Buckingham Palace said Charles is expected to talk on the 1895 – 1963 period where Britain colonized Kenya.
This will include the "Emergency" of 1952-1960, when colonial authorities imposed a state of emergency in response to the Mau Mau guerrilla campaign against European settlers, added the palace statement.
While announcing Charles four-day trip earlier this month, the palace said, "his Majesty will take time during the visit to deepen his understanding of the wrongs suffered in this period by the people of Kenya."
The choice of Kenya for Charles first visit to a Commonwealth nation since becoming king in September has special resonance for the royal family.
It was in Kenya in 1952 that the king's late mother — Queen Elizabeth II — learned of the death of her father, King George VI, marking the start of her historic 70-year reign.
Charles and his wife Queen Camilla are scheduled to arrive in Kenya's capital, Nairobi on Tuesday where they will be welcomed by President William Ruto.
The Commonwealth leader is scheduled to spend two days in Nairobi where he will participate in a state banquet and Kenyan youth and entrepreneurs.
Charles will also visit a new museum dedicated to Kenya’s history and lay a wreath at the Tomb of the Unknown Warrior in Uhuru Gardens, where the East African nation declared independence in December 1963.
Thereafter, the royals will travel to the coastal city of Mombasa, where they will visit a nature reserve and meet representatives of various religions.
Britain's Daily Mail newspaper has billed Kenya as "the first stop" on the king's "mission to save the Commonwealth."
Poppy Cullen, a lecturer of African history at the University of Cambridge said Charles is trying to continue his late mother's legacy.
"The late Queen was very much connected to the Commonwealth," Cullen said.
"And I imagine that the British government will be keen that the king sort of does something similar to try and raise its profile or keep it together," she added.
Cullen said Charles's visit is an opportunity for Britain to show other nations that there are benefits to being an independent republic within the Commonwealth, like Kenya.
"It does help potentially as a model for others," said the lecturer.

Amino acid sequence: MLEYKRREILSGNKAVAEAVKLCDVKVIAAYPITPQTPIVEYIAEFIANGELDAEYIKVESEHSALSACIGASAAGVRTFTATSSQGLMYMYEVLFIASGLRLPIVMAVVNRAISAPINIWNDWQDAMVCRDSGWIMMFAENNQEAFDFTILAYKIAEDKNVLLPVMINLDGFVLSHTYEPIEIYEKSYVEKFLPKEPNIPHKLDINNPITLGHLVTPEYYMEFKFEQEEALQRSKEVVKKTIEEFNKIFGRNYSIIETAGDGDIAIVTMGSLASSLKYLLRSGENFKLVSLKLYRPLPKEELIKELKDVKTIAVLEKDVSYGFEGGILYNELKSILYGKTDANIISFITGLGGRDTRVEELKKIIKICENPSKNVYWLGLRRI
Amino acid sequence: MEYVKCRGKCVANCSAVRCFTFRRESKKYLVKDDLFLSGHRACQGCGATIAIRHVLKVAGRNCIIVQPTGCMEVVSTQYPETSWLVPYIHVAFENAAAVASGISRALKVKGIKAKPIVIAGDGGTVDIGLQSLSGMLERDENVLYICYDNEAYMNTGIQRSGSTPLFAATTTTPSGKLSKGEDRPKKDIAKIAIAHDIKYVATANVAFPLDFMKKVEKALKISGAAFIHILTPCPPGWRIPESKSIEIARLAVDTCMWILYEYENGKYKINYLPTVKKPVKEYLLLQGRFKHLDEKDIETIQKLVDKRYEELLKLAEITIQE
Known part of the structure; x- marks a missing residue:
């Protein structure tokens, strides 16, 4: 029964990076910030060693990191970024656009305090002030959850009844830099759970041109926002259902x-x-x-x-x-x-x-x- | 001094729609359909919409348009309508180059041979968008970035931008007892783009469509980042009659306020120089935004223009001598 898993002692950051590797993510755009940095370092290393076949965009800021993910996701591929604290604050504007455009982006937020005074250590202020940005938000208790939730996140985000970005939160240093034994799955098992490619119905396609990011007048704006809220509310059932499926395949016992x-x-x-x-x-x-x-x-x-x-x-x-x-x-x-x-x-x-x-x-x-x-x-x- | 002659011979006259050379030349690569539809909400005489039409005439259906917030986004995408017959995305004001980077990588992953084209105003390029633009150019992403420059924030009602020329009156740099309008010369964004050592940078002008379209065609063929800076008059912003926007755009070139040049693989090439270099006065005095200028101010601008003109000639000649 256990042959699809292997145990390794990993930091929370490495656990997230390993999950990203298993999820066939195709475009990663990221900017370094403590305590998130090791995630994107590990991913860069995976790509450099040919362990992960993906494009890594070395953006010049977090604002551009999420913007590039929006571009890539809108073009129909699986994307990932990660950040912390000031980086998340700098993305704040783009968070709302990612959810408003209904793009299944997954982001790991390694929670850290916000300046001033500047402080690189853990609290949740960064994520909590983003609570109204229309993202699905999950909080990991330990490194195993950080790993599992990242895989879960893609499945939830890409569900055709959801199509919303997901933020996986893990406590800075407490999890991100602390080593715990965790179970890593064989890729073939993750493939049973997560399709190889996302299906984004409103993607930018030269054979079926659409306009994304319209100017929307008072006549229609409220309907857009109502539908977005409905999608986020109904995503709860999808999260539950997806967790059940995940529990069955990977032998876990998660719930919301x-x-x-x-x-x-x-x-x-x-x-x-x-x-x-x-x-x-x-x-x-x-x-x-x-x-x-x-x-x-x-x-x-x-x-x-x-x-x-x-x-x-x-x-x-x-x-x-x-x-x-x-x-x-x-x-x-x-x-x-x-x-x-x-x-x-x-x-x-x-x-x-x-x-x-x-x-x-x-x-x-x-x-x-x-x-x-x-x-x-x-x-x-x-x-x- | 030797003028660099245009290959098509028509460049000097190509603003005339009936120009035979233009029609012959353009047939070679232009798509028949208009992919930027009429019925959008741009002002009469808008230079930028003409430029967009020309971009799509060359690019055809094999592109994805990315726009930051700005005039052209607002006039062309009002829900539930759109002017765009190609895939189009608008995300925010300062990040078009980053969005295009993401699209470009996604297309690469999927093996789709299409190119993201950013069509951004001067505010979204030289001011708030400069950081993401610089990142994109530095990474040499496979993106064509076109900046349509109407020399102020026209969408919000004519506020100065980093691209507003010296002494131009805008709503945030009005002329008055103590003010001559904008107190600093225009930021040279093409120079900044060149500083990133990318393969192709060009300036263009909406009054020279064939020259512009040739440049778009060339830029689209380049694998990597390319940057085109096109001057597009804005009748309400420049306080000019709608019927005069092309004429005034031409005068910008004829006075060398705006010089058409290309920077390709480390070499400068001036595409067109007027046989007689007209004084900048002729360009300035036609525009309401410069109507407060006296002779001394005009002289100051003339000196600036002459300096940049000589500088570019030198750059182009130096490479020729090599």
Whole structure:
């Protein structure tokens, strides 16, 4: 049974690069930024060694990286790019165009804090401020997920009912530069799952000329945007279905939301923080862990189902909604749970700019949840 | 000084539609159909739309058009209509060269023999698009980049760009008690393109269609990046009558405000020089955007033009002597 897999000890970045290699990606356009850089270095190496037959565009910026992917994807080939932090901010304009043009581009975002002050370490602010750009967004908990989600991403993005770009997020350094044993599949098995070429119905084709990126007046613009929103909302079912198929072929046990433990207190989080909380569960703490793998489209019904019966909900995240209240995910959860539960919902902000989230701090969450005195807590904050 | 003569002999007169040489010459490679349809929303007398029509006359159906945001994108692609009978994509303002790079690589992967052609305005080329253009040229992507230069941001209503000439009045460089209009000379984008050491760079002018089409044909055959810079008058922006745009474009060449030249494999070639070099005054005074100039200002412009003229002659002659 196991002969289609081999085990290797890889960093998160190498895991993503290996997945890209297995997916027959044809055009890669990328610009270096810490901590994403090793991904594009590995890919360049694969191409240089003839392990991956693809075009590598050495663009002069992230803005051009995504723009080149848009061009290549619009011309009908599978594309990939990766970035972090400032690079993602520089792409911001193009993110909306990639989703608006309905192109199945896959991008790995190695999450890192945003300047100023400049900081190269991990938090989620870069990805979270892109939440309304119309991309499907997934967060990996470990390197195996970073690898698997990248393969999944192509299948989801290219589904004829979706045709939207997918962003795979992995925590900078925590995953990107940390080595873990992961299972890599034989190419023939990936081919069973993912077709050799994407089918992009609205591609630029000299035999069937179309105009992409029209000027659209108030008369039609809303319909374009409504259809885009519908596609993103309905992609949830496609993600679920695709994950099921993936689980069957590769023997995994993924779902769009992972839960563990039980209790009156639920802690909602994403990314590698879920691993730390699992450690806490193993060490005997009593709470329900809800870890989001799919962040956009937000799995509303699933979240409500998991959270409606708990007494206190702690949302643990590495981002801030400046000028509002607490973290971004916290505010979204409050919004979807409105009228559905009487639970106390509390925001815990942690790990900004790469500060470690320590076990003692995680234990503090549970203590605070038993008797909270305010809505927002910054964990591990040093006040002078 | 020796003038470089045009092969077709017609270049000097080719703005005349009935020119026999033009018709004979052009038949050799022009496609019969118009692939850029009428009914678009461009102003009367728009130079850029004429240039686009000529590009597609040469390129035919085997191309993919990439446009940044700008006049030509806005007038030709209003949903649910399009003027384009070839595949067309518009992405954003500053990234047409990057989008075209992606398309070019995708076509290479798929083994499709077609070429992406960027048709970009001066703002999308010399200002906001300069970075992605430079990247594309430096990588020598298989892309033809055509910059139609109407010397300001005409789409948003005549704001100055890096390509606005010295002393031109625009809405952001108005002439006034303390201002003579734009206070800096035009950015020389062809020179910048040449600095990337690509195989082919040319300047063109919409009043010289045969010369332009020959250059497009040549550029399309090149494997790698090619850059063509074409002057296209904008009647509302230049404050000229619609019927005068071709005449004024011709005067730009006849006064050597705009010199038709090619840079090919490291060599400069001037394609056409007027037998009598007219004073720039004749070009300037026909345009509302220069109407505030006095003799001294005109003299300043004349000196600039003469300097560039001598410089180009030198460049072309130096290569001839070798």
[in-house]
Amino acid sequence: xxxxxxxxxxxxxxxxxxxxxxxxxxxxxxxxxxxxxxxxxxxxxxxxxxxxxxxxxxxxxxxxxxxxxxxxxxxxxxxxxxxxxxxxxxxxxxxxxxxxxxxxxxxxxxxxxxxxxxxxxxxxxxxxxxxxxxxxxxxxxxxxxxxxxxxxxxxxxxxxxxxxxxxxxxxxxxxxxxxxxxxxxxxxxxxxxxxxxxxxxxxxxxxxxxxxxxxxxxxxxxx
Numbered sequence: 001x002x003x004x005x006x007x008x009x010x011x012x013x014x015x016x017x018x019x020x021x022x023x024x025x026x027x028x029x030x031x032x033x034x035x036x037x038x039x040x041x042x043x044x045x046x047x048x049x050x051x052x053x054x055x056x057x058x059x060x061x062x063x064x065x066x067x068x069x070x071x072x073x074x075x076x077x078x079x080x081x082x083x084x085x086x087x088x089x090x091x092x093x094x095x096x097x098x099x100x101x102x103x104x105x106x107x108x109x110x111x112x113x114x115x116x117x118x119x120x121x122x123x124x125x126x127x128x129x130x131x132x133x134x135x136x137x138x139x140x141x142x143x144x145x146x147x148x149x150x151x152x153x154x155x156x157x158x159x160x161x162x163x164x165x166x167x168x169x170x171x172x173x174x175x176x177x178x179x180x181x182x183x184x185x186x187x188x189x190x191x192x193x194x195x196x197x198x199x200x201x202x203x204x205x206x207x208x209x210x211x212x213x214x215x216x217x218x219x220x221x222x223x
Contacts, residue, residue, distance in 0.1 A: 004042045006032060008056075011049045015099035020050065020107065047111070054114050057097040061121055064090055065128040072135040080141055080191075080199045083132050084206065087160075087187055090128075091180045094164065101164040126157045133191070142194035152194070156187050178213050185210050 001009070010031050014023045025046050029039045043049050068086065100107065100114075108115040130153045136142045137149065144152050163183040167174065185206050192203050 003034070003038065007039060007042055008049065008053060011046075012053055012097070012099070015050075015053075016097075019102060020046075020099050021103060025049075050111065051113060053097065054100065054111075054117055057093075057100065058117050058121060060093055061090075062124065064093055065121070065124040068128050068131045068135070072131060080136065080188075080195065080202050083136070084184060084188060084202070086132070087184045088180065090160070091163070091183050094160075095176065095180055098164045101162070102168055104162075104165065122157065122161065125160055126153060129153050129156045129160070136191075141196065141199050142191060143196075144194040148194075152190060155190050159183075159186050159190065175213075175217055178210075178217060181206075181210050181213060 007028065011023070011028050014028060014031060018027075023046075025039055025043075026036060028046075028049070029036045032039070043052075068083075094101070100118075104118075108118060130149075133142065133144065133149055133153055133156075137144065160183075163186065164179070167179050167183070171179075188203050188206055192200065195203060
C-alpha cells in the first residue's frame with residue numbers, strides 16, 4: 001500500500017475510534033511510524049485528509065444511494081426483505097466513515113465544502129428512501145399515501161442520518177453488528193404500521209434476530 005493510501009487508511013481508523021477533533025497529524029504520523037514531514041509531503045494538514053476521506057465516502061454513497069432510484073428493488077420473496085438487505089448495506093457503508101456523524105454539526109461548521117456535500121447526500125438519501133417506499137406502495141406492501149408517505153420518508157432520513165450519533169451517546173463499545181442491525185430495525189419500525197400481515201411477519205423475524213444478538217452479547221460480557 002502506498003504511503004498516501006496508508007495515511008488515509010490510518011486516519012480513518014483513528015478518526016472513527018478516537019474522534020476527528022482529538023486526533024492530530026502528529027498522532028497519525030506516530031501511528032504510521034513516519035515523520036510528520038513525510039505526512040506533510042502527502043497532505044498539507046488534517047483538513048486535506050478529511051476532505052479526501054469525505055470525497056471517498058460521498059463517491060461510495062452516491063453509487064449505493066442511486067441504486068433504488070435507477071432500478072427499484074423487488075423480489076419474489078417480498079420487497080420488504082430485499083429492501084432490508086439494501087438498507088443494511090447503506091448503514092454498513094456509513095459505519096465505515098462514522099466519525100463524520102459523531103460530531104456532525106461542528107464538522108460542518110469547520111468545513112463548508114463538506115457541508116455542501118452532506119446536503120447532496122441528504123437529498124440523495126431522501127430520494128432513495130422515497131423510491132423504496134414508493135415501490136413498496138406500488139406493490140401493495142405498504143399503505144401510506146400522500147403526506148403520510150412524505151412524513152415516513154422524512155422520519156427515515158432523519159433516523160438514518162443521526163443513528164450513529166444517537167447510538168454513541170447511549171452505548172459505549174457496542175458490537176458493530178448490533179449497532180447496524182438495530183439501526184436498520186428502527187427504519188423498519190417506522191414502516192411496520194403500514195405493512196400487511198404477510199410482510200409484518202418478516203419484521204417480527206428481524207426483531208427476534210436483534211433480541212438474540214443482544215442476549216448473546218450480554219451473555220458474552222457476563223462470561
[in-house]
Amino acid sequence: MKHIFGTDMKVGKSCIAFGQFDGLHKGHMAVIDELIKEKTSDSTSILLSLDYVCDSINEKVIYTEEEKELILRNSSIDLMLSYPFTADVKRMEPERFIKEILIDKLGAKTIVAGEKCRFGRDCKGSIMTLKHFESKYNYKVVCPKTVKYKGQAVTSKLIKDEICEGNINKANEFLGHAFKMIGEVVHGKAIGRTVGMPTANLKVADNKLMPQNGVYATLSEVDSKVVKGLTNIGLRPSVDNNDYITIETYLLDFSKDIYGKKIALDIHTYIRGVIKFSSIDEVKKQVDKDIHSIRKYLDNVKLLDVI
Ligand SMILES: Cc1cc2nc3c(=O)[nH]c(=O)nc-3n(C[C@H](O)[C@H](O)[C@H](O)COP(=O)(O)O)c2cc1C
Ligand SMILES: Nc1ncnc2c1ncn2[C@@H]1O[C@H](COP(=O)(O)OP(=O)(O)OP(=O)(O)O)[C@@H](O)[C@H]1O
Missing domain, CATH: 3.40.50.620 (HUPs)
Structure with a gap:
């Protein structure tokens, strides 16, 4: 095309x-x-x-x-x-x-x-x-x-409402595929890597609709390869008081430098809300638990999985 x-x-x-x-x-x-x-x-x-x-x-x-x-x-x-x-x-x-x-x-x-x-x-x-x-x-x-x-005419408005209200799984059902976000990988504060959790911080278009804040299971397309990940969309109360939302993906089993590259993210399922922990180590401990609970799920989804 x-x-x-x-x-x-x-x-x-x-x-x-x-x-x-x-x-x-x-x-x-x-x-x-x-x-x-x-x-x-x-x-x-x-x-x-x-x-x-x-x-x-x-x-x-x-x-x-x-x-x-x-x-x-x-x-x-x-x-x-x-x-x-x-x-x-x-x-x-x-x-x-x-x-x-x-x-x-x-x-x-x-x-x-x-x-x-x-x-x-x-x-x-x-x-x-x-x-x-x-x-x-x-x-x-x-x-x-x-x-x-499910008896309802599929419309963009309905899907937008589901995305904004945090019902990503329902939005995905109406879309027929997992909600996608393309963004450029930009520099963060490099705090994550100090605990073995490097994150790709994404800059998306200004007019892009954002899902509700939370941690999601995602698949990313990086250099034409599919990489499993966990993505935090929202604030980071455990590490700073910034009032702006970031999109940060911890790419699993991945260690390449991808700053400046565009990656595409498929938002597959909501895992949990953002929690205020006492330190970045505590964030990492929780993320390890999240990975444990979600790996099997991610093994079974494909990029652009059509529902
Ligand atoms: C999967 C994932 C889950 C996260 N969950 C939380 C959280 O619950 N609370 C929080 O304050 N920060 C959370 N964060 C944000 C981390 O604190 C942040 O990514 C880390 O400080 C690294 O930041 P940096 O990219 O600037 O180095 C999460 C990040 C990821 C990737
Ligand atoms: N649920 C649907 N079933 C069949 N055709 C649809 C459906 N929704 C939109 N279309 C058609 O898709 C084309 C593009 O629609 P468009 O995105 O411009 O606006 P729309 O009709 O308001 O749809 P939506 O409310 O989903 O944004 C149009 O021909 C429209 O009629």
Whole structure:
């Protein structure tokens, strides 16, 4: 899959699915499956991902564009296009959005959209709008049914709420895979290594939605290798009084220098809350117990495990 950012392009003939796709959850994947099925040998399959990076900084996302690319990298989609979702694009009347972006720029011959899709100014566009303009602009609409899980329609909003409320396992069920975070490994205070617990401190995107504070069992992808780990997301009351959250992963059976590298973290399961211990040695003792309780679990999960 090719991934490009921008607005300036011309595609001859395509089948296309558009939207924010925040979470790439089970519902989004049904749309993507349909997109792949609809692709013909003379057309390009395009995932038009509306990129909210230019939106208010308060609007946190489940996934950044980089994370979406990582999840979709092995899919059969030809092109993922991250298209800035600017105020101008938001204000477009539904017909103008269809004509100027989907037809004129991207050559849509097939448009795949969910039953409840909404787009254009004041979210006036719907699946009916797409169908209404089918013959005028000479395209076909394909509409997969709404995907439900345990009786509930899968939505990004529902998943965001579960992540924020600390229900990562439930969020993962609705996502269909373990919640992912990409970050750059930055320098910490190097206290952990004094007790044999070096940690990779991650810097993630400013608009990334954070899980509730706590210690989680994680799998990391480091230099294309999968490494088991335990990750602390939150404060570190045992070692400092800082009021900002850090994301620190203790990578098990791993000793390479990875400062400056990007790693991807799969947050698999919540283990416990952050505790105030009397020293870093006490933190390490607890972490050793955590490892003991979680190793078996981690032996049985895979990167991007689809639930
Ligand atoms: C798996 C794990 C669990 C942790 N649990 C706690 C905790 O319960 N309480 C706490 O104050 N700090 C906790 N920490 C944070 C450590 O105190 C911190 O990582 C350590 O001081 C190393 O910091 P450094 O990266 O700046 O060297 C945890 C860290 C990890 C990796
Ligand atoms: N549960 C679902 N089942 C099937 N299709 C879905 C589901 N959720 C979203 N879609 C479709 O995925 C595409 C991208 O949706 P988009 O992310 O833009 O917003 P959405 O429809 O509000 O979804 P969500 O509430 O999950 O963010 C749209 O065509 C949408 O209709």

The Commonwealth is a grouping of 56 countries — most of them former British colonies, and including Australia, Canada and New Zealand.
Over a dozen Commonwealth nations still recognize the UK monarch as head of state.
However, clamor to become a republic is growing among some members, among them Jamaica and Belize. Barbados already ditched having the UK's monarch as head of state in 2021.
Cullen also commented on the announcement of Charles discussing the former colonial ties between Britain and Kenya.
If he apologizes or expresses regret then other countries "will expect something themselves," Cullen said.
"I think it will potentially set a kind of precedent," she added.
After Prince William expressed "profound sorrow" for the slave trade during a trip to Jamaica last year, stopping short of a formal apology, Charles's words in Kenya will be "watched very closely," Cullen said.
After a court case lasting several years, Britain in 2013 agreed to compensate more than 5,000 Kenyans who had suffered abuse during the Mau Mau revolt, in a deal worth approximately $25 million.
Kenya's president wrote on X, formerly known as Twitter, that the visit by Charles and Camilla was an "opportunity to enhance our collaboration in various areas of shared interest."
The visit by the royal family will happen while tension between the Britain and Kenya continues due to the presence of British troops in the East African nation.
In August, Kenya's parliament launched an inquiry into the activities of the British army, which has a base on the outskirts of the town of Nanyuki, about 200 kilometers north of Nairobi.
Charles has made three previous official visits to Kenya, in 1971, 1978 and 1987, and both the king and queen have also visited the country privately.